Learn about salinity and related concepts

Learn about salinity and water quality


Measures of salinity

For water at Earth's surface — rainwater, snow, lakes, streams, and shallow groundwater — the solute load typically consists mostly of inorganic ions and compounds. If a sample of such water is filtered to remove suspended solids, then stored in a low-humidity environment long enough to evaporate completely, a residue of solid material will remain in the sample container. Dividing the mass of that residue by the volume of solution originally present yields a parameter known as total dissolved solids (TDS). TDS is expressed in milligrams per liter (mg/L).

Rainwater typically has a TDS of 20 mg/L or less. Fresh water from lakes, rivers, and groundwater is more variable, with TDS ranging from 20 mg/L to approximately 1,000 mg/L. Brackish water is, by definition, water with TDS exceeding 1,000 mg/L and ranging as high as that of seawater, at approximately 35,000 mg/L.

Graphic: bar chart depicting salinity range of California irrigation water

California irrigation waters are relatively low in salt.

Groundwater deep within gypsum beds or other geological formations that consist of highly soluble salt can have TDS even higher than that of seawater. Such fluids are termed saline water (which has a TDS of 35,000 to 100,000 mg/L) or brine (TDS over 100,000 mg/L).

Most water that's acceptable for irrigation of landscapes contains 200 to 800 mg/L of dissolved salts. Total soluble salt levels up to 2,000 mg/L may be tolerated by certain plant species, but only on soils with exceptional permeability and subsoil drainage. (Good permeability and drainage allow a landscape manager to leach excessive salts from the root zone by periodically applying heavy irrigations. Leaching is described in more detail in a separate section of this tutorial.)

Electrical conductivity, EC

The electrical conductivity of water, or ECw, is the principal parameter used nowadays to measure a solution's salt content. EC can be measured quickly and easily, either in the laboratory or in the field. The readings are temperature dependent; therefore, measurements typically are corrected to an equivalent value at 25 degrees Celsius.

The internationally accepted standard unit for reporting ECw is deciSiemens per meter (dS/m). Note that this standard unit was adopted relatively recently. An older, equivalent unit often appears in water quality reports from the 1980s or earlier: millimhos per centimeter. (Although the term "mhos" may at first appear strange, it was chosen by early researchers for reasons that involve physics. EC, as its name implies, is a type of conductivity — the opposite of resistivity, measured in ohms. Hence, for EC, researchers adopted the term "mho" — "ohm" written backwards.)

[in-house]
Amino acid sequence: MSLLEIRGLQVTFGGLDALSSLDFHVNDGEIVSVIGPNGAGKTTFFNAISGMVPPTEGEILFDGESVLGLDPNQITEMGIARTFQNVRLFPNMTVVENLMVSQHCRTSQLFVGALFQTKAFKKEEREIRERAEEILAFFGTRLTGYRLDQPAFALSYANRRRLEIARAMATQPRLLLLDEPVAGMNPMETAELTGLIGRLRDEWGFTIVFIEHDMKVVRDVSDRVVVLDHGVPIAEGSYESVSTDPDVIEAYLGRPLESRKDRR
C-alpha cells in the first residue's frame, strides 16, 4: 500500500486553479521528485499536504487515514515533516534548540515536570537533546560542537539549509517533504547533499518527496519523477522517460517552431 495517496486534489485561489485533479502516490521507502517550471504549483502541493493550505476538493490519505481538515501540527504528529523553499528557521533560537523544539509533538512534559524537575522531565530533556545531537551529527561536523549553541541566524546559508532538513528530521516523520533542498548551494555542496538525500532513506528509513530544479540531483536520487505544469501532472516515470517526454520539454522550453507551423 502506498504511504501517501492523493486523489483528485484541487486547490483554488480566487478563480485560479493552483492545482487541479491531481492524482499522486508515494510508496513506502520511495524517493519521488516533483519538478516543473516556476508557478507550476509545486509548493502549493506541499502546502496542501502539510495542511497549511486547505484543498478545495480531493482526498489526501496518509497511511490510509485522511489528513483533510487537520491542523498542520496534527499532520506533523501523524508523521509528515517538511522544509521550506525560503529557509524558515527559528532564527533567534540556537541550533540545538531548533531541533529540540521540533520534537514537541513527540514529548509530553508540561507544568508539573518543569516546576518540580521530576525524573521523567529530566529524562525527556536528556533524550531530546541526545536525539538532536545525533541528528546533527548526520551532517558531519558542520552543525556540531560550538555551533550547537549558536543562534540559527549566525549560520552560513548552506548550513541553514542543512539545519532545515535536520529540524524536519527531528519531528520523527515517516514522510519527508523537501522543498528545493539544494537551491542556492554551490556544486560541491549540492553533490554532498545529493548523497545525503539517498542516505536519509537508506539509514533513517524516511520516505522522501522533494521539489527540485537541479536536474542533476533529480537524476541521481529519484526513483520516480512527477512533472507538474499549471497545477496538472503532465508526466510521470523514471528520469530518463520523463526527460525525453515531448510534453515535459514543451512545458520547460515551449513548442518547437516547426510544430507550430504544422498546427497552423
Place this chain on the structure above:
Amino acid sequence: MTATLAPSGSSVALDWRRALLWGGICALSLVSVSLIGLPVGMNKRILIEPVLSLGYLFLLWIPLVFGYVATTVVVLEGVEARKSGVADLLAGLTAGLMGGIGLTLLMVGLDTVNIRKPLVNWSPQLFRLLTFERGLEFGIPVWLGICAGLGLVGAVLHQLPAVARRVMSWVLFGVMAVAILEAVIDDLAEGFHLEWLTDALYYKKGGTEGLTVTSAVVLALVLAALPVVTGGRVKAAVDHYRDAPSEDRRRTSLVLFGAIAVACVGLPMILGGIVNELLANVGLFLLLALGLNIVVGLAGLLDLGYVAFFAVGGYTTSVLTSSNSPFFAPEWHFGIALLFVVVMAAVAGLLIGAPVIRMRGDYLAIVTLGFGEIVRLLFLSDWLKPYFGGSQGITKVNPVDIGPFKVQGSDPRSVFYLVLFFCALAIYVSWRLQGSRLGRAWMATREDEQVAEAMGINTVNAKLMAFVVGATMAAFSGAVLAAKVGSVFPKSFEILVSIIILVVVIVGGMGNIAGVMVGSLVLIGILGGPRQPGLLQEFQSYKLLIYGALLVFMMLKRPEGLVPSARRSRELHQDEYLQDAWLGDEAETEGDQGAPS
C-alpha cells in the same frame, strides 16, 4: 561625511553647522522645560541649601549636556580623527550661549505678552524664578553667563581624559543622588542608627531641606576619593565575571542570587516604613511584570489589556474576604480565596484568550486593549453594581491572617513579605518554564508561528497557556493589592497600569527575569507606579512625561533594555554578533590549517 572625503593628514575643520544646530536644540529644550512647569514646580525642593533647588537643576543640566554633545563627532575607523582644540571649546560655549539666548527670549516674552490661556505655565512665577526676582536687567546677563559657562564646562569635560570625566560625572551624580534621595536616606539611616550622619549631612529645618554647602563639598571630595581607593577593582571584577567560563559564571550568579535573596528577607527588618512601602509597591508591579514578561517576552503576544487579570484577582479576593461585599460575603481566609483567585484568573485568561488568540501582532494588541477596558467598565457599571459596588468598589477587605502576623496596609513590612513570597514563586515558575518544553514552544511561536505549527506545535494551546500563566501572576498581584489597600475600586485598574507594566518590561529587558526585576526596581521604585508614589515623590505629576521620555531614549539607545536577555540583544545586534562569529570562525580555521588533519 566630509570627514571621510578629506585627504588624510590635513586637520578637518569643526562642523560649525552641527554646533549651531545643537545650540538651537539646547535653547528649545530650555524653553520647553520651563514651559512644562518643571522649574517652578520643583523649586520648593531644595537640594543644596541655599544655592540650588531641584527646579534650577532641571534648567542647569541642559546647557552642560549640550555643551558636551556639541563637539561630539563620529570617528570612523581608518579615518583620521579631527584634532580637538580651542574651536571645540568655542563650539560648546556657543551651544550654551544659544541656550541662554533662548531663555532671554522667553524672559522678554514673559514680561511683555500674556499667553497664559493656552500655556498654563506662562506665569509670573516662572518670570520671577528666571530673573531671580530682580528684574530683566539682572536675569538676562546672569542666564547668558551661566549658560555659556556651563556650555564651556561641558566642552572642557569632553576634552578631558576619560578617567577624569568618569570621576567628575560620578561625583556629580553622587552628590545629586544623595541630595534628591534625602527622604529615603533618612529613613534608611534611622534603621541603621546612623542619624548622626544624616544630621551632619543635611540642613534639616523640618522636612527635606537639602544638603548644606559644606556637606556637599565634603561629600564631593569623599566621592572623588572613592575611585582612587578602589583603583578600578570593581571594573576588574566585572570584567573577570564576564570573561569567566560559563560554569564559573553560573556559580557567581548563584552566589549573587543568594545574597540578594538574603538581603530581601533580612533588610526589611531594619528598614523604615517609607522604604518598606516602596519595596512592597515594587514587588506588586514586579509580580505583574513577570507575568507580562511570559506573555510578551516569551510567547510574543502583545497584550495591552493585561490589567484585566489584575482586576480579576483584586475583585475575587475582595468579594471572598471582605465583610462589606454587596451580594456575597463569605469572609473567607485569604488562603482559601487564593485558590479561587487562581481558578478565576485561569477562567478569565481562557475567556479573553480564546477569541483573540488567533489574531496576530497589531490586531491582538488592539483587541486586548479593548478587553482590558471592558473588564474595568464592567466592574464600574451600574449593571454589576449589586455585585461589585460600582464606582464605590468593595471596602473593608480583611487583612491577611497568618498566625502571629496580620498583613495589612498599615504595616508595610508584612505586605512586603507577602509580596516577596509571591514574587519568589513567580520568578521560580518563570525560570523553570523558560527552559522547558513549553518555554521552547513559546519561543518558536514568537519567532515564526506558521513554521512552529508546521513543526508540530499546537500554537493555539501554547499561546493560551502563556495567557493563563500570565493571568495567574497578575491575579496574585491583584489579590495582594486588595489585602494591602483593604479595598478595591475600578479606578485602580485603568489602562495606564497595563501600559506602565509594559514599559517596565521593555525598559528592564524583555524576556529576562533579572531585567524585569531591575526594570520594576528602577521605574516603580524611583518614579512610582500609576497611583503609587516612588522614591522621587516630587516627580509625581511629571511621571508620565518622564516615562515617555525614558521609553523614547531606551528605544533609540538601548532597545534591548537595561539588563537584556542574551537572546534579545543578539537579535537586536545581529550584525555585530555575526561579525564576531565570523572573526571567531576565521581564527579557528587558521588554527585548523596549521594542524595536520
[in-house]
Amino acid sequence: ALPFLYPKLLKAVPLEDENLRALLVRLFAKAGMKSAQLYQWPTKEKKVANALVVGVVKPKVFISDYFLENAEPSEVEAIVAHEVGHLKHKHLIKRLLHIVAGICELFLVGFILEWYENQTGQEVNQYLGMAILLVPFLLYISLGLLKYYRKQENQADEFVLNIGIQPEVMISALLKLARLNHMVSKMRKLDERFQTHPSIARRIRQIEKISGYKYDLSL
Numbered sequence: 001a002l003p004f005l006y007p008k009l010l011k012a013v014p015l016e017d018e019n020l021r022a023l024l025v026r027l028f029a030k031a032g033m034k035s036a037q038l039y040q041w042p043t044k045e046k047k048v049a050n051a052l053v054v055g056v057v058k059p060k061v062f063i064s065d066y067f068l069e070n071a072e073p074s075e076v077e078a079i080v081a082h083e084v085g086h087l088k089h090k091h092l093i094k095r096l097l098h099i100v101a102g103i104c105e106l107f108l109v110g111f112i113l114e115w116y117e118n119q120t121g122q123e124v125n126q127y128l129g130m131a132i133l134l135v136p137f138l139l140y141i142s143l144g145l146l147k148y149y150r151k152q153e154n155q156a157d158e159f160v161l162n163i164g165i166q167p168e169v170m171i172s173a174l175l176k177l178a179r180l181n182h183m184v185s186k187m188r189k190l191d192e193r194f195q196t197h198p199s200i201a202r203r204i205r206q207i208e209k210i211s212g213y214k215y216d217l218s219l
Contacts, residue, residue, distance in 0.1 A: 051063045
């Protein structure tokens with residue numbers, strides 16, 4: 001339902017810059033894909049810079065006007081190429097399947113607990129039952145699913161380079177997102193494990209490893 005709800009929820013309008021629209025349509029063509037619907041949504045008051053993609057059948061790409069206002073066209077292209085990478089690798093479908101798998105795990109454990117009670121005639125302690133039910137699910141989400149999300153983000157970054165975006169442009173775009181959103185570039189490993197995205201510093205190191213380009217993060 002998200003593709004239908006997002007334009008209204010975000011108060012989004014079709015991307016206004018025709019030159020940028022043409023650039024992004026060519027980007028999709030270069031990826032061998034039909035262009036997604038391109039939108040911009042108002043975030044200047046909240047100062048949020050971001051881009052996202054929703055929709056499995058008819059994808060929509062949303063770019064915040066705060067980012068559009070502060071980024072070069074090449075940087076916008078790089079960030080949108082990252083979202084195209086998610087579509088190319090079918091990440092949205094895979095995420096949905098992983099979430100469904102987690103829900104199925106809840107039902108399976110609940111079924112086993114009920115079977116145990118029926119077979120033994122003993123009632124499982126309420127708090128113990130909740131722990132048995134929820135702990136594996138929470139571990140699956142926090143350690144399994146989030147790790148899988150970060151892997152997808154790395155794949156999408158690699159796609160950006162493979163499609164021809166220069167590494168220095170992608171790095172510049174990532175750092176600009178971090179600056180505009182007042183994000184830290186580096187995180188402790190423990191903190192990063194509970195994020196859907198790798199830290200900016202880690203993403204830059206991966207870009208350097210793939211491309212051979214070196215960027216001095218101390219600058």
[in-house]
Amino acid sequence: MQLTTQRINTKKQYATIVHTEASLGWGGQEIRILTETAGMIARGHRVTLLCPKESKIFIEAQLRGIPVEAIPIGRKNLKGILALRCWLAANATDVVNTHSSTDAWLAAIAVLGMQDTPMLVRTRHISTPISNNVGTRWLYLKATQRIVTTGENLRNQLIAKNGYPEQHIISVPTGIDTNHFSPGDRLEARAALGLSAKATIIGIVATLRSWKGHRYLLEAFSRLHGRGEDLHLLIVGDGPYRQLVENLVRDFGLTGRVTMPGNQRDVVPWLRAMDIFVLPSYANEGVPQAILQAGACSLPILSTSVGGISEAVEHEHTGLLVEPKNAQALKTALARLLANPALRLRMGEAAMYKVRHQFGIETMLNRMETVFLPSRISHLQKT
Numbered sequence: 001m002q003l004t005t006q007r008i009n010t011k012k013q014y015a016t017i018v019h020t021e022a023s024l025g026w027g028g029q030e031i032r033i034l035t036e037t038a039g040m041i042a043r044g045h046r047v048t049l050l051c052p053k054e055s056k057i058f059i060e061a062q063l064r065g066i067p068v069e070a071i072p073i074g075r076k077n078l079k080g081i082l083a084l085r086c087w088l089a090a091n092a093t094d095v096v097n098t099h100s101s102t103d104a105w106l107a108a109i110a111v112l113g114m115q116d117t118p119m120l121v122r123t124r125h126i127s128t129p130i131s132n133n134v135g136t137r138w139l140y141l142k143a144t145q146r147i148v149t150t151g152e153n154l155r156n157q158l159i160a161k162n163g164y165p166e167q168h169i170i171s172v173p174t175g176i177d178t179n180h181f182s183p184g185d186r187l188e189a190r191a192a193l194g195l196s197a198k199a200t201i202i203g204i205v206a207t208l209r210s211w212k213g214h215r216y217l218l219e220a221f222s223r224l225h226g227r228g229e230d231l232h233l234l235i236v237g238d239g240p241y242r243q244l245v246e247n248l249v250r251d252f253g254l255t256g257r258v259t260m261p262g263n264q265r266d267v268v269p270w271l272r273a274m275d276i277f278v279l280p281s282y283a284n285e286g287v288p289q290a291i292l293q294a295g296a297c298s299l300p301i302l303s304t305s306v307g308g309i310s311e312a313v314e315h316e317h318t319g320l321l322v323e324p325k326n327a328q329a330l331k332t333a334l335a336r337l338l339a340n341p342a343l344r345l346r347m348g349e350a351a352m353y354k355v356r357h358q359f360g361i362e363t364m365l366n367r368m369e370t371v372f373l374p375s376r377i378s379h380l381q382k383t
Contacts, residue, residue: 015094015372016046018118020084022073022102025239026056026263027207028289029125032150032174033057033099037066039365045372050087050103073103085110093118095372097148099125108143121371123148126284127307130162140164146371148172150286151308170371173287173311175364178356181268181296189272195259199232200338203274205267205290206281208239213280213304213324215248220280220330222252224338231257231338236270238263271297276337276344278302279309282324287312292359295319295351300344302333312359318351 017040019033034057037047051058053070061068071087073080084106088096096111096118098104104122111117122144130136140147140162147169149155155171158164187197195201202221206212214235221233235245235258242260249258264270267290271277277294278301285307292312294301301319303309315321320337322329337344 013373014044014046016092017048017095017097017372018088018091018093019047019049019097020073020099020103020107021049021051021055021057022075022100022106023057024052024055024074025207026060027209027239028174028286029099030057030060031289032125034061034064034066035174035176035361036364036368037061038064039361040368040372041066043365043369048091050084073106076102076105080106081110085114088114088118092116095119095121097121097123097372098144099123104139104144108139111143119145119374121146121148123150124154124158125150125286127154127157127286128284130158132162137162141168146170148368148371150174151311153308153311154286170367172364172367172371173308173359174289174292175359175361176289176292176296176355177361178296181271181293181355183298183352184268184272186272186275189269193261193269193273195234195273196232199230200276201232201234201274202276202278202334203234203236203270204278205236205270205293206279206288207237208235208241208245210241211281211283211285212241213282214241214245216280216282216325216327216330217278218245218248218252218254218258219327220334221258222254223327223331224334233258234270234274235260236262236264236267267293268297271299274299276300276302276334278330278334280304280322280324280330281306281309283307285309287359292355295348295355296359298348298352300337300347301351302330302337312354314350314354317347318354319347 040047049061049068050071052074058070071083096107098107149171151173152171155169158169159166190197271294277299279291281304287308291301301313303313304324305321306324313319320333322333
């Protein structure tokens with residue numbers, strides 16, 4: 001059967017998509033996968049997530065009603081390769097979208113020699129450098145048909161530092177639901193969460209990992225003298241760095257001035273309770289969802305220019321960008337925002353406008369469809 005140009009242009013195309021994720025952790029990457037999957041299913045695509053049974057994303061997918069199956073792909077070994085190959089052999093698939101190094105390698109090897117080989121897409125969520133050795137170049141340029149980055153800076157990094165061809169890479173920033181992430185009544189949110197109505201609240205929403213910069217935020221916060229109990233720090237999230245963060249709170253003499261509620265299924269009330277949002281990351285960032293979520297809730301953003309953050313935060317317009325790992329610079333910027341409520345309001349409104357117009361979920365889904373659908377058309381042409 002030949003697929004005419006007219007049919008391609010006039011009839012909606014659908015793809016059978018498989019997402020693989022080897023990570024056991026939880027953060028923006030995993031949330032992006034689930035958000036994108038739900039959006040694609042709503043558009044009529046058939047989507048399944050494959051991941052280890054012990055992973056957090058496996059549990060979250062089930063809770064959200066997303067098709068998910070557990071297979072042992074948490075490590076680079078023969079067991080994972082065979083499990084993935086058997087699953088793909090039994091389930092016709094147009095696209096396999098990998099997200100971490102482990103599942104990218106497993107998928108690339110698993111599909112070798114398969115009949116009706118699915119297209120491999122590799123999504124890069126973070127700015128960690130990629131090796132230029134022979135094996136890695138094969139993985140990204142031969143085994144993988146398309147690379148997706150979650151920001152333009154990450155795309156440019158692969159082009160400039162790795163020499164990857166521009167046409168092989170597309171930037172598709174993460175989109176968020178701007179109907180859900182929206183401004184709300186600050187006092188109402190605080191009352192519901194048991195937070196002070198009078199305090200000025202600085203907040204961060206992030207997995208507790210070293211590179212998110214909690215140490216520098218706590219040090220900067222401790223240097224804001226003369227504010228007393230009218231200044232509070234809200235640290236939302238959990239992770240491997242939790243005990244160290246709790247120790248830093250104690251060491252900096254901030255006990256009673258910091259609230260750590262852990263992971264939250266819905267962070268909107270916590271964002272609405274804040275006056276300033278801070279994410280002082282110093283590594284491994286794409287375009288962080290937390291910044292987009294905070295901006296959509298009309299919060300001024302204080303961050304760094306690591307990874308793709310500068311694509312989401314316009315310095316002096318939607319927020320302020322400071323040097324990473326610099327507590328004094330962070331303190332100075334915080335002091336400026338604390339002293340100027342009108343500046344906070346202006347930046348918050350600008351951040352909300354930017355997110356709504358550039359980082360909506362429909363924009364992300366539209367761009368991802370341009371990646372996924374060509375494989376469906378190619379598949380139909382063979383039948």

Here is a quick summary of the various EC units you may encounter when reading papers from the literature:

1 dS/m = 1 mmho/cm = 1000 μmho/cm

EC works well as a proxy for total dissolved solids because a water's ability to conduct an electrical current is directly related to the concentration of salts in solution. In other words, salty water is a good conductor of electrical current, whereas pure water is a poor conductor.

Most water used for irrigation in California has an ECw in the range 0.1 to one deciSiemen per meter. Waters that have ECw in excess of 0.7 dS/m (corresponding to a TDS of about 450 mg/L) must be managed a bit more carefully if salinity problems are to be held in check.

An ECw of 3 dS/m (equivalent to a TDS of about 2000 mg/L) is the upper limit for nearly all landscape plants. (Most plants cannot tolerate salinity higher than that.) Therefore, avoid using for irrigation any water that approaches or exceeds that level of salinity.

Graphic: EC, range 0-3 dS/m

An ECw of 3 dS/m is the upper limit for irrigation.

Estimating TDS from EC

A mathematical relationship between ECw and TDS has been devised, making it easy to correlate one type of measurement with the other. For most water, TDS, in milligrams per liter, is equivalent to approximately 640 times EC, in deciSiemens per centimeter.

TDS (in mg/L) = ECw (in dS/m) × 640

The coefficient of 640 in the equation above is appropriate for a fairly wide range of conditions. For waters of mixed composition, consider using a factor of 735 instead, and for concentrated solutions with EC exceeding 5 dS/m, consider using a factor of 800.

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